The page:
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Irritable Bowel Syndrome - IBS - Symptoms - Treatments

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Updated July 17, 2009

What is irritable bowel syndrome (IBS)?

Irritable bowel syndrome (IBS) is a term used to describe discomfort in the bowel (the colon, or large intestine). Symptoms of IBS may include crampy pain, bloating, gas, mucus in the stool, and changes in bowel habits. Some people with IBS have constipation—infrequent stools that may be hard, dry and painful. Others have diarrhea—frequent loose stools. Some people having alternating constipation and diarrhea. Sometimes a person with IBS has a crampy urge to move the bowels but cannot do so.

You may have heard IBS referred to as "spastic colon" or "spastic bowel." Sometimes IBS is confused with inflammatory bowel diseases such as ulcerative colitis. But IBS is not a disease and does not cause inflammation, bleeding, damage to the bowel, or cancer or other serious diseases. It is called a functional disorder, which means that there is no sign of disease when the colon is examined, but the bowel doesn't work as it should. The cause of IBS is not known, and as yet there is no cure.

Often IBS is just a mild annoyance, but for some people it can be disabling. They may be unable to go to social events, to go out to a job, or to travel even short distances. Most people with IBS, however, are able to control their symptoms through diet, stress management, and medicines.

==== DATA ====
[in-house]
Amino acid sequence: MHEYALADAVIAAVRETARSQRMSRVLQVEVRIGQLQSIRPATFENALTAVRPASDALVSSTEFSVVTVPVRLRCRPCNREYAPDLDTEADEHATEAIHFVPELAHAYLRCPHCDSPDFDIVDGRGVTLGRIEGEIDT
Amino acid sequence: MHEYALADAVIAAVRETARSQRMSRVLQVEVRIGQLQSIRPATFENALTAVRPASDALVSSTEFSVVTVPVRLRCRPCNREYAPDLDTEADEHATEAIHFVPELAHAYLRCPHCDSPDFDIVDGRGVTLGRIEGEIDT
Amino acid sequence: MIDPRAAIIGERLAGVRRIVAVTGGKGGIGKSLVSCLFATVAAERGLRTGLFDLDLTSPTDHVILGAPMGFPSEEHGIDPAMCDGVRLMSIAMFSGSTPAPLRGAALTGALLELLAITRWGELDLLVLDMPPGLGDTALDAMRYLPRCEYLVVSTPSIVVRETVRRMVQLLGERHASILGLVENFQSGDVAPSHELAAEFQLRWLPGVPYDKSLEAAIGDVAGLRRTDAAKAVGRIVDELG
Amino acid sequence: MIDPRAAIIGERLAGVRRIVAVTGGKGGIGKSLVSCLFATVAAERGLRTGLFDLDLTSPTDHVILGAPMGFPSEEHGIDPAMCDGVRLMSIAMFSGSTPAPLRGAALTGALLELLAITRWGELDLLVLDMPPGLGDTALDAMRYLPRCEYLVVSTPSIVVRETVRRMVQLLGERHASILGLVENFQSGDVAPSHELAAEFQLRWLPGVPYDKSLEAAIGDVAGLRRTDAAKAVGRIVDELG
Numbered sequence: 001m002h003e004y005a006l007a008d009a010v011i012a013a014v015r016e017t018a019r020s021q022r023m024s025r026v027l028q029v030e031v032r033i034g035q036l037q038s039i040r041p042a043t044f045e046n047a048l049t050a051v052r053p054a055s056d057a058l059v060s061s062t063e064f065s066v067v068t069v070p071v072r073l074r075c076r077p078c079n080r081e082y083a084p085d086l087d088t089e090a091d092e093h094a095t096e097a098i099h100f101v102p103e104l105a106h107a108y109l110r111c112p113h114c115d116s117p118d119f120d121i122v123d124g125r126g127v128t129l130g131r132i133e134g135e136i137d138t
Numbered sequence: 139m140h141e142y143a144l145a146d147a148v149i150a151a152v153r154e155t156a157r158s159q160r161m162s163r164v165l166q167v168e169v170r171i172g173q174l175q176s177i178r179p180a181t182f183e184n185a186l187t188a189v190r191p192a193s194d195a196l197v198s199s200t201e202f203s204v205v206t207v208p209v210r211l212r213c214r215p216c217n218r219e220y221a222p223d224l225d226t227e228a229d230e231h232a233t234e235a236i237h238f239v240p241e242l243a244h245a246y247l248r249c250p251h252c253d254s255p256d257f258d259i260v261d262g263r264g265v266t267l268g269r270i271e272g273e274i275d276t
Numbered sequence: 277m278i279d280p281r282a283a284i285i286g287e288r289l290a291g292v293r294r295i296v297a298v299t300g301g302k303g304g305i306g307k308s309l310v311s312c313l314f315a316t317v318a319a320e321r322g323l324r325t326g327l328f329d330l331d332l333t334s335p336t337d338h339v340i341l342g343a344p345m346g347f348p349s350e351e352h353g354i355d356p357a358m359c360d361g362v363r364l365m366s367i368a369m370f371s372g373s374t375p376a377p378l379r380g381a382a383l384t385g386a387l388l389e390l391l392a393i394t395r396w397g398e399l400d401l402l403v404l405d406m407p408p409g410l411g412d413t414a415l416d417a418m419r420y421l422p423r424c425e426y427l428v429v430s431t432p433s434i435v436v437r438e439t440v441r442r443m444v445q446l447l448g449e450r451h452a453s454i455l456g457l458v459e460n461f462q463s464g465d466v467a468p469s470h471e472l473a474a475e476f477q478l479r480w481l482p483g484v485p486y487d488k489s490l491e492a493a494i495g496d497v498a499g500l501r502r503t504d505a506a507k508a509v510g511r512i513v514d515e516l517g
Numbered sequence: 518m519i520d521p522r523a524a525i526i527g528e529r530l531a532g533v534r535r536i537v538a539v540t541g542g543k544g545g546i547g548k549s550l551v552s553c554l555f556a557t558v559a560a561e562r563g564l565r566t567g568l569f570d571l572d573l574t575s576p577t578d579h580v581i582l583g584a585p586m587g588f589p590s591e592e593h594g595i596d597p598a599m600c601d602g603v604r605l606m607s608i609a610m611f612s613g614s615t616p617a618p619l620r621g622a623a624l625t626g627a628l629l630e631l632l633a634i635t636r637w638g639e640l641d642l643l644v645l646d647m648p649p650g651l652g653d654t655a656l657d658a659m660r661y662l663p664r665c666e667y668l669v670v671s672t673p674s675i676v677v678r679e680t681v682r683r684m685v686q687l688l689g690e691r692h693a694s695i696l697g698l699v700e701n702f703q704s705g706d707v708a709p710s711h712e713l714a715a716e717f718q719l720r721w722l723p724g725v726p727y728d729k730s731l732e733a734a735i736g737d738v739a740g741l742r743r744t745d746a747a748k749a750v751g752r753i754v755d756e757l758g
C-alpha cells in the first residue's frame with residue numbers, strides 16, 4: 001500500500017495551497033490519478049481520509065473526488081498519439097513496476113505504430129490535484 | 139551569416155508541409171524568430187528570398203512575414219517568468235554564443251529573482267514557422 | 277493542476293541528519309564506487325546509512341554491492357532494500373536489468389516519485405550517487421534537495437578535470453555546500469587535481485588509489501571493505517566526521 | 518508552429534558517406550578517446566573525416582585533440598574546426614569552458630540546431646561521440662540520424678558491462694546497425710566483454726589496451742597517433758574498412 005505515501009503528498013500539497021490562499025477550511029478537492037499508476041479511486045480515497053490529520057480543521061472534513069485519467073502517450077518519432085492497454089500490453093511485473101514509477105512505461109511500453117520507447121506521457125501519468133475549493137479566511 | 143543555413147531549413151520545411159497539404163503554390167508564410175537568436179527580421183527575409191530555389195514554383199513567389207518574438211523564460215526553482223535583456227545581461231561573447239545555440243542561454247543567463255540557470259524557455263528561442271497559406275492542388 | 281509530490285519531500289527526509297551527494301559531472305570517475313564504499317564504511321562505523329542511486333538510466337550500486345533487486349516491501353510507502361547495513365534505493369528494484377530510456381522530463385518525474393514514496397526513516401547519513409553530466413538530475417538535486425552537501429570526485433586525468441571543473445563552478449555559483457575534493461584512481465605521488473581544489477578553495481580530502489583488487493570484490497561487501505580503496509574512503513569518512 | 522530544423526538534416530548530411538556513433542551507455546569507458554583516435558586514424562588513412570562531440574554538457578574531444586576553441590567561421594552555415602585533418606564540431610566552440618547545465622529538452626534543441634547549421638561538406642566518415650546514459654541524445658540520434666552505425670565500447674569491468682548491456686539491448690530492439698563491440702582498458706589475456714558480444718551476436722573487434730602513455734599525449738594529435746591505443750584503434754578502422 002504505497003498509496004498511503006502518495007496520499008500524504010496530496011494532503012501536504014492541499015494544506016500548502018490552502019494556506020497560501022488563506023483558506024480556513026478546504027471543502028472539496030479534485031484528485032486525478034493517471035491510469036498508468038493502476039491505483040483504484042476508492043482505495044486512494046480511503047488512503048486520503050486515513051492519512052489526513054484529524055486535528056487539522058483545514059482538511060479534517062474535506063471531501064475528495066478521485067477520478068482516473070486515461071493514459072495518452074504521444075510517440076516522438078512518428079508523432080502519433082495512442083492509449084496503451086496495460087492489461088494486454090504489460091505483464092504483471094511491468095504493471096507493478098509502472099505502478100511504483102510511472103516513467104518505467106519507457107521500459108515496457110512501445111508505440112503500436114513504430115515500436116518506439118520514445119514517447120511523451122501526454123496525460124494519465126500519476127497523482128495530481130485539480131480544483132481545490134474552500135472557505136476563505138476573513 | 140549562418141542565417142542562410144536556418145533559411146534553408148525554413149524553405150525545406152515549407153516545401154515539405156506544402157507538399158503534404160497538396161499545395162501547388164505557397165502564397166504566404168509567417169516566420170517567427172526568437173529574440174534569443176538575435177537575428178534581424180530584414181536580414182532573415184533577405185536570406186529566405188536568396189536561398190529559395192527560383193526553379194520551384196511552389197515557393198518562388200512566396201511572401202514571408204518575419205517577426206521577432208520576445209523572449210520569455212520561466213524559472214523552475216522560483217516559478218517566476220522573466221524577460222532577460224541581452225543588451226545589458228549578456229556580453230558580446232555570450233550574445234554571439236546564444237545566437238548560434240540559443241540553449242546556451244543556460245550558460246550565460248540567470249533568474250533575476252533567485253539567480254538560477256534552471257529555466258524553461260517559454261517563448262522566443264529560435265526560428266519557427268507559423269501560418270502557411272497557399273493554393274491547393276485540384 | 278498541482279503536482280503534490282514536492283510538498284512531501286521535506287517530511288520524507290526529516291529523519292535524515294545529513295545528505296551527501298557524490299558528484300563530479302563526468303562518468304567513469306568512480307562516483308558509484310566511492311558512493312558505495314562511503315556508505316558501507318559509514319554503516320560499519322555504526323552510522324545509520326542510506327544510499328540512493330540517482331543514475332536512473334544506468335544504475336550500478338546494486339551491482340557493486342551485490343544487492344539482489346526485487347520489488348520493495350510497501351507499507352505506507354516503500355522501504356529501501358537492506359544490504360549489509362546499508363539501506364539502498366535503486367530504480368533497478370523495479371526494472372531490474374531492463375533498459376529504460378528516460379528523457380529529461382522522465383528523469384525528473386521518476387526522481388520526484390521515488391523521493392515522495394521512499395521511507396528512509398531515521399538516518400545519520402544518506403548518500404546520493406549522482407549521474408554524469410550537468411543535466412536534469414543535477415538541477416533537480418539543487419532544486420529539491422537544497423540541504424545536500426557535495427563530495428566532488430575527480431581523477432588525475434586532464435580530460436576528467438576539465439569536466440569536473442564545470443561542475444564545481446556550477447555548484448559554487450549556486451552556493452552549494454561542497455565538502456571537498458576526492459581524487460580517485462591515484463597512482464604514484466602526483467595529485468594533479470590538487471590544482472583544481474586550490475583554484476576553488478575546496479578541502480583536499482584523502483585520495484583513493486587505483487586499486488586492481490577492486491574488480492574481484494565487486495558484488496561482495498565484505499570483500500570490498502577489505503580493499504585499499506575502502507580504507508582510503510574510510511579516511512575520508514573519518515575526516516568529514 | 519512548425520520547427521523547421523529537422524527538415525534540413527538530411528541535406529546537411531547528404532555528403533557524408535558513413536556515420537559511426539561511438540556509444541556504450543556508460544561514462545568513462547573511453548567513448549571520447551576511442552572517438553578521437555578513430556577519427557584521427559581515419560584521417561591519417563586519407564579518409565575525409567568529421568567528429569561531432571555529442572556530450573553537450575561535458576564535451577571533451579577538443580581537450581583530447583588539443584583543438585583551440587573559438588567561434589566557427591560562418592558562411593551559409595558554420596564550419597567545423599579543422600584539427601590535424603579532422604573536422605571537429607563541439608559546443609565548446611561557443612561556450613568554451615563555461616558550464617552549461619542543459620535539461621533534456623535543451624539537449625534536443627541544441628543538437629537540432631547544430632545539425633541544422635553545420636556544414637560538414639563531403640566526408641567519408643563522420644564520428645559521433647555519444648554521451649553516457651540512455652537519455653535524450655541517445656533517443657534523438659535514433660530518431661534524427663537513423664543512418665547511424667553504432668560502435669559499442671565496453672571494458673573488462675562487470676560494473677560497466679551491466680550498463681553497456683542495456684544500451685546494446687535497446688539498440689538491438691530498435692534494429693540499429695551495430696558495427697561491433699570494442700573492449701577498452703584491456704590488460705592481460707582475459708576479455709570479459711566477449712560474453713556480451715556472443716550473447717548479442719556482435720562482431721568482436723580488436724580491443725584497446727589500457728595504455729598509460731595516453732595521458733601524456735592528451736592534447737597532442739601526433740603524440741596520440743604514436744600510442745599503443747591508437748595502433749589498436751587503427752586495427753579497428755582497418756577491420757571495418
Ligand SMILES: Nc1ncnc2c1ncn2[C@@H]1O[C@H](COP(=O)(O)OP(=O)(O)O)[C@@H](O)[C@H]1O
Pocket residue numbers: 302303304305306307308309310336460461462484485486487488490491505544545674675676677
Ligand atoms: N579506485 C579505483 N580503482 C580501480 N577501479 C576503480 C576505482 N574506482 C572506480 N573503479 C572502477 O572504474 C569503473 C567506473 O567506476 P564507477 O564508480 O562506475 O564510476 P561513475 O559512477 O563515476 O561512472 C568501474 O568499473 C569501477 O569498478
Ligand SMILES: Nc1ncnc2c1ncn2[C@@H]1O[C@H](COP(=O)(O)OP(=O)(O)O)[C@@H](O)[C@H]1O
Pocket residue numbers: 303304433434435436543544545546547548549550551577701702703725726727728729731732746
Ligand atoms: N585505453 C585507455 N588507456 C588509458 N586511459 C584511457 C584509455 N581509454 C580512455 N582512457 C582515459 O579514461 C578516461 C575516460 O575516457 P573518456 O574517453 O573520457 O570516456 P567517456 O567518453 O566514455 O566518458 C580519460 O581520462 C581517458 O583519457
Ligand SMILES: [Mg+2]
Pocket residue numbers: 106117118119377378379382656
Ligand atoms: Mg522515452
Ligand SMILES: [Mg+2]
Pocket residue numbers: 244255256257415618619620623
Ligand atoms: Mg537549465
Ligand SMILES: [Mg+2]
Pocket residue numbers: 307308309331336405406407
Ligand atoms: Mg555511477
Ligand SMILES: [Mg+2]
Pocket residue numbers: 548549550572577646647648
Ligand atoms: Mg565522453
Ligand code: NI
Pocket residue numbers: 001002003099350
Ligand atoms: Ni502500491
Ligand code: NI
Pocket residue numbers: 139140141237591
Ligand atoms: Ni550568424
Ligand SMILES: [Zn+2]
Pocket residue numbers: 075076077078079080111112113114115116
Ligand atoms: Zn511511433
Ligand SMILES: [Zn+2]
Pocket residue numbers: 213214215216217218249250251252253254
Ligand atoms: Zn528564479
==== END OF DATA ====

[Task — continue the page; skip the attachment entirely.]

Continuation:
Who gets IBS?

IBS is a common problem, affecting up to one in five people. However, estimates of the number of people with IBS vary. The majority of people with IBS (perhaps 75 percent) are women. IBS often begins in the teen years or young adulthood but can affect people of any age.

What are the symptoms of IBS?

Symptoms of IBS may include:

  • Crampy pain in the abdomen

  • Constipation

  • Diarrhea

  • Alternating constipation and diarrhea

  • Feeling that you haven't finished a bowel movement

  • Gas

  • Bloating

  • Mucus in the stool

What causes IBS symptoms?

The colon or large intestine is a muscular tube about 6 feet long. It connects the small intestine with the rectum and anus.

The colon absorbs water and salts from digested food after it has traveled from the stomach through the small intestine. The muscles of the colon contract (tighten or squeeze) and gradually move the material toward the rectum. Strong contractions then lead to a bowel movement. Colon contractions are controlled by nerves, hormones, and by electrical activity in the muscles.

Researchers have found that, for unknown reasons, the colons of people with IBS are more sensitive than usual, and react to things that would not bother other people. For example, the muscles may contract too much after eating. These contractions can cause cramping and diarrhea during or shortly after a meal. The nerves can be overly sensitive to the stretching of the bowel (because of gas, for example), causing cramping or pain. Diet and stress play a role in IBS for many people, causing symptoms or making them worse.

In women, IBS symptoms may be worse during their menstrual periods, so hormone changes may be involved. Sometimes IBS symptoms appear after another illness.

How is IBS diagnosed?

IBS usually is diagnosed after bowel disease has been ruled out. Your doctor will probably take a complete medical history, do a physical exam, and check for blood in your stool. Other diagnostic tests such as blood tests, x-rays or a colonoscopy (viewing the colon through a flexible tube inserted through the anus) may be done if needed.
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